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RE: F&O comments: collations, code points, and comparisons

From: Kay, Michael <Michael.Kay@softwareag.com>
Date: Wed, 11 Dec 2002 12:01:21 +0100
Message-ID: <DFF2AC9E3583D511A21F0008C7E621060453DE9A@daemsg02.software-ag.de>
To: xquery@attbi.com, public-qt-comments@w3.org
Cc: mrys@microsoft.com

Personal replies to some of your points...

> Mostly editorial comments on the F&O Nov 15 draft (these also 
> still apply to the internal Dec 10 draft; section numbers 
> refer to the Dec 10 draft for your convenience).
> - 6.3.1: The definition of compare() explains what happens 
> when one string differs in length from the other; but this 
> should be up to the collation.

I've made this point in the past, and I agree with it. I think we have now
established that functions like contains() and starts-with() do need a
collation that has this property (described in the last NOTE in section
6.3), but functions that purely compare for equality and ordering do not.

> - 6.4.6, 6.4.7, 6.4.14: Surrogate pairs are irrelevant.  
> You've already defined things in terms of code points -- so 
> the underlying bytes (and therefore, surrogate pairs) never 
> come into play.

Technically, you are correct that this note is redundant. However, since so
many other programming languages that claim to have Unicode support actually
treat a char as a 16-bit code unit rather than a Unicode character, I think
it's important that we make this point. Some XSLT 1.0 implementations are
non-compliant in this area and it's very useful to have a definitive
statement in the spec that proves they are wrong.
> - 9.2.1, 10.2.1, 12.1.1: should all compare according to the 
> context collation

9.2.1: QNames should NOT be compared using a collation, they should be
compared using Unicode code points, as described in the XML 1.0 (or perhaps
XML 1.1) specification.

10.2.1 There is still some debate about exactly how anyURIs should be
compared, for example how escapes are handled. We're monitoring the
discussion on this in the W3C TAG. However, URIs are not natural language
text and it certainly doesn't make sense to use the same algorithm as when
comparing strings.

12.1.1 NOTATION is an XML concept (and a pretty obscure one at that) and we
should follow the XML rules for comparison, which are based on code point
> - 6.3, etc.: As Jeni Tennison already brought up [1], URIs as 
> collation names are unusual (and not even followed by the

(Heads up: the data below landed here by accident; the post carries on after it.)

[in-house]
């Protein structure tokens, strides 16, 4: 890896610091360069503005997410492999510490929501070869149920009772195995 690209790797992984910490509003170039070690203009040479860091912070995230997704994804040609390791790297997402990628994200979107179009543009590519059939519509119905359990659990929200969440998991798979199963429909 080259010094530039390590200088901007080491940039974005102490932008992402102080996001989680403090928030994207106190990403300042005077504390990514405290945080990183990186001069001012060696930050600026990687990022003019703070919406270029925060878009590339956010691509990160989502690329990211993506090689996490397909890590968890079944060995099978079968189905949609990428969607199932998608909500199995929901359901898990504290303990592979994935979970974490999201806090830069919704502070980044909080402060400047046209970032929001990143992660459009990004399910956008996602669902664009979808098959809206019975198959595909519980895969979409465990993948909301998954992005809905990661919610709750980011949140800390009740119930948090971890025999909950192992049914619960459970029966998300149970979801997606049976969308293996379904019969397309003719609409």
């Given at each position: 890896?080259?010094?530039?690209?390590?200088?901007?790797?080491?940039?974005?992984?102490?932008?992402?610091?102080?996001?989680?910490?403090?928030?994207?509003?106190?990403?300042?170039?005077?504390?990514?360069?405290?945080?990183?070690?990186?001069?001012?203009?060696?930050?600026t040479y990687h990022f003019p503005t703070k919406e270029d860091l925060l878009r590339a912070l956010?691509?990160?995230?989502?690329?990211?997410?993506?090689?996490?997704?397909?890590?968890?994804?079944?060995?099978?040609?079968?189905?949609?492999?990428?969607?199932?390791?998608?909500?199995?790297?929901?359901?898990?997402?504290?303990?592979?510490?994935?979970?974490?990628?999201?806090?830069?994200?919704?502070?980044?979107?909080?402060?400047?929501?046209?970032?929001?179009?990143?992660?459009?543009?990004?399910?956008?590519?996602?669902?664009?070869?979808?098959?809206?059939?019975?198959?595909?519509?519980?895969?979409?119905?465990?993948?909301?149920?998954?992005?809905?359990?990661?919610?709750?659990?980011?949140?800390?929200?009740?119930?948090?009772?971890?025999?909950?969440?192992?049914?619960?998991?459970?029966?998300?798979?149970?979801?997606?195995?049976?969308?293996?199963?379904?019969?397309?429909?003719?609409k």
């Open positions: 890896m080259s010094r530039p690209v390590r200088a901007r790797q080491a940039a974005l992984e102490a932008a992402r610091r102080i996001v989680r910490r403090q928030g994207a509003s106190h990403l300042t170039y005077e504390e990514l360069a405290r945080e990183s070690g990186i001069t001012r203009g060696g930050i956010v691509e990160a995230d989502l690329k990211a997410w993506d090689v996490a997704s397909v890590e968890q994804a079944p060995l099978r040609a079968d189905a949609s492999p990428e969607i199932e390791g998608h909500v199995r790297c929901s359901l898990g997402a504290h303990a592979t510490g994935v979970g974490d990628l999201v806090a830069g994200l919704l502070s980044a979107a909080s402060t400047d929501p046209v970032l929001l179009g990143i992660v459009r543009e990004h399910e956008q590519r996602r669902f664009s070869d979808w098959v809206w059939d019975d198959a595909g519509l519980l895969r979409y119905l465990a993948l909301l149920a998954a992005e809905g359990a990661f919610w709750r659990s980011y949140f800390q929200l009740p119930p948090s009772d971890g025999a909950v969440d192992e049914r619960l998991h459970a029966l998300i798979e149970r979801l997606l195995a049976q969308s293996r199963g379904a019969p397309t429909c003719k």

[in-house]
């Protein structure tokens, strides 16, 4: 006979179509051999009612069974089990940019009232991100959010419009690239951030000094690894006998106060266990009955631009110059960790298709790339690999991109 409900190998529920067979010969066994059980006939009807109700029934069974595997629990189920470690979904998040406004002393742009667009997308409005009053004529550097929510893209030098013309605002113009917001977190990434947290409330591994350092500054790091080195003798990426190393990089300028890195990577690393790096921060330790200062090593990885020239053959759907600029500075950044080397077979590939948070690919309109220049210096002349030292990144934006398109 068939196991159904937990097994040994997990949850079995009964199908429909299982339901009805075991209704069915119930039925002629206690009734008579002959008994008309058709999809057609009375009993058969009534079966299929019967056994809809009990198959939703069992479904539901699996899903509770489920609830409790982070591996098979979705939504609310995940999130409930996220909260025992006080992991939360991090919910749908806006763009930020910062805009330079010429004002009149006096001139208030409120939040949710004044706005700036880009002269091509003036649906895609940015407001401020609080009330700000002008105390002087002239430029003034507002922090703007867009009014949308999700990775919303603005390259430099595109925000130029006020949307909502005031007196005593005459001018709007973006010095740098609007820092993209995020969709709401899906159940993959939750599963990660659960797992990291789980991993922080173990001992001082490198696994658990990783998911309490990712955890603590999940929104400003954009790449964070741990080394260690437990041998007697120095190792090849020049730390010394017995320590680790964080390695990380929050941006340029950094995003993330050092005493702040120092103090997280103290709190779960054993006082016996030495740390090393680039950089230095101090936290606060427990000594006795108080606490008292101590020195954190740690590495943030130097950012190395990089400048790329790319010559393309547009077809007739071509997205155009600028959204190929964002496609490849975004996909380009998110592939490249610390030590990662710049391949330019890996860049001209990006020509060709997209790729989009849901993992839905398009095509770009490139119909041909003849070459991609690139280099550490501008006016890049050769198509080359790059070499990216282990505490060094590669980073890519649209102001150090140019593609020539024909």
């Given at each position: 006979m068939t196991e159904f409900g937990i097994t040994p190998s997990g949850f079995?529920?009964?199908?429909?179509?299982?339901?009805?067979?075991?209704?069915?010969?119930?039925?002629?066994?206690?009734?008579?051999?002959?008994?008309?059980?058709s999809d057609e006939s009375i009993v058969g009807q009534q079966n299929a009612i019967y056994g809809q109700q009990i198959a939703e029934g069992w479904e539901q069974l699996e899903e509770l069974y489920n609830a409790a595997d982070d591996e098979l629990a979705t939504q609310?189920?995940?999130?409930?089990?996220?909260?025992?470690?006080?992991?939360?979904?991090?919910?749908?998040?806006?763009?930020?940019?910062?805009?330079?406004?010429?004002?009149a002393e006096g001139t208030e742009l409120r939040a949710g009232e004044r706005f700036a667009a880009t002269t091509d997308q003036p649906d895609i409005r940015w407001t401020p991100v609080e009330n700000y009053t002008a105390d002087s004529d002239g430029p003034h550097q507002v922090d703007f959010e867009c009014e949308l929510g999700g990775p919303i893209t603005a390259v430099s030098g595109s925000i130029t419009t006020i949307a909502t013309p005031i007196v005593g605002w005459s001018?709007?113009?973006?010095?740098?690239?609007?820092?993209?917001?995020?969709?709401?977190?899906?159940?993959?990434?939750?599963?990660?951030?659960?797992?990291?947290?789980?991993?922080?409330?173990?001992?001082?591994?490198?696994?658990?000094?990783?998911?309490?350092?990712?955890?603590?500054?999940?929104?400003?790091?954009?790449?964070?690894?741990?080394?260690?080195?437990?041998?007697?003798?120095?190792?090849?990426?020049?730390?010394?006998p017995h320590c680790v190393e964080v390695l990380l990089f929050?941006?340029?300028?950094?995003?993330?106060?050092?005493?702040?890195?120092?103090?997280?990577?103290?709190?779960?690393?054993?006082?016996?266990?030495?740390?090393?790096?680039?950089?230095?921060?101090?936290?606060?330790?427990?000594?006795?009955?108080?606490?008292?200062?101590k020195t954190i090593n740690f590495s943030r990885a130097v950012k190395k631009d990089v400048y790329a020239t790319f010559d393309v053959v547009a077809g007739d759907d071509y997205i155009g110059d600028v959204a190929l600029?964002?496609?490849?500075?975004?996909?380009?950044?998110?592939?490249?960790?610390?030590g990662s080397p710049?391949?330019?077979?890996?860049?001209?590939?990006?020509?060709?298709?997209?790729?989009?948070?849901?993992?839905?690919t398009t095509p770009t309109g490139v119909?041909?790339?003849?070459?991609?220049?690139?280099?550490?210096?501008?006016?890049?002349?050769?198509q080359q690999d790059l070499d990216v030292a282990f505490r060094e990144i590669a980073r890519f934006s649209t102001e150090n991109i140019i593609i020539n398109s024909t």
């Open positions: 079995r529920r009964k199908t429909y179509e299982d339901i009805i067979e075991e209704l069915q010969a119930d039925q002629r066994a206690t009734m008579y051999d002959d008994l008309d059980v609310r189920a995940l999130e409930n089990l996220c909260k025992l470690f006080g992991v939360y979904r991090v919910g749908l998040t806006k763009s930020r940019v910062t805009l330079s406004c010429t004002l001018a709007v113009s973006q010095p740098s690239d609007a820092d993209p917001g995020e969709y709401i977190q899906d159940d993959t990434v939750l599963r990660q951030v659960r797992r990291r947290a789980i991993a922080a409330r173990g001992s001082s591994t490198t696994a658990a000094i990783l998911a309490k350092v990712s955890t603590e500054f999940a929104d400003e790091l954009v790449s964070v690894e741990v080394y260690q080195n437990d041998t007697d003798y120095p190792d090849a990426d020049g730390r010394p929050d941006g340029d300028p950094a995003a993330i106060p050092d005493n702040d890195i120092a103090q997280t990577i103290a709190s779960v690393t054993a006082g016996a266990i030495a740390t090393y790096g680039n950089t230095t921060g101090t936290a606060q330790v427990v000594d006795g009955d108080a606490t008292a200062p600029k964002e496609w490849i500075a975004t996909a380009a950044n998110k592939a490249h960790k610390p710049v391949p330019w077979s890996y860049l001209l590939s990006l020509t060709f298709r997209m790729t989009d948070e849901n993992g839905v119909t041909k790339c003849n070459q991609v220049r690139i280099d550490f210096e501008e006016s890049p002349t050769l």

> draft itself).  Although the idea has merit for WS-I, almost 
> every collation implementation I can find uses RFC 1766 
> (locale names like en-US and fr-FR).  Perhaps some 
> implementations will invent a URI syntax for their 
> collations, but I expect most Java and .NET implementations 
> will rely on java.text.RuleBasedCollation and 
> System.Globalization.CultureInfo, both of which are based on 
> RFC 1766.  If you're going to insist on URIs, then at least 
> make the draft examples consistent with that.

We've been through a few rounds on this and no-one has come up with a
satisfactory alternative. Locale names do not identify collations, they only
identify communities that may have preferences for a particular collation.
Within a locale such as en-GB, you will find that lexicographers,
geographers, and compilers of telephone directories use completely different
collations. So a locale name can only be a hint.

I think that all the examples do use valid anyURI values (or at least,
strings that can be cast to anyURI). The big question in this area is issue
44, which asks about the meaning of relative URIs and suggests that we
should require the anyURI to be absolute.

For use in XSLT, it would be much more consistent with existing practice to
use a QName, but it would be difficult to define a meaning for this outside
the context of a stylesheet.

I think the biggest problem we face in this area is how to achieve a level
of interoperability. I hope that vendors will provide mechanisms that allow
the URI used in a query to be defined by the user and mapped to some
collation offered by the implementation - see the way saxon:collation works
in Saxon 7.x for an example of how this might be done.

> - Speaking of Jeni's prior feedback, I'd like to echo the 
> request for title-case().  

My Personal View Is That Title Case Is Used Only In North America, and we
are trying to restrict ourselves to functions that have global appeal. But
in the end, deciding whether to include or exclude particular functions is a
matter of judgement.

Michael Kay
Received on Wednesday, 11 December 2002 06:01:28 UTC

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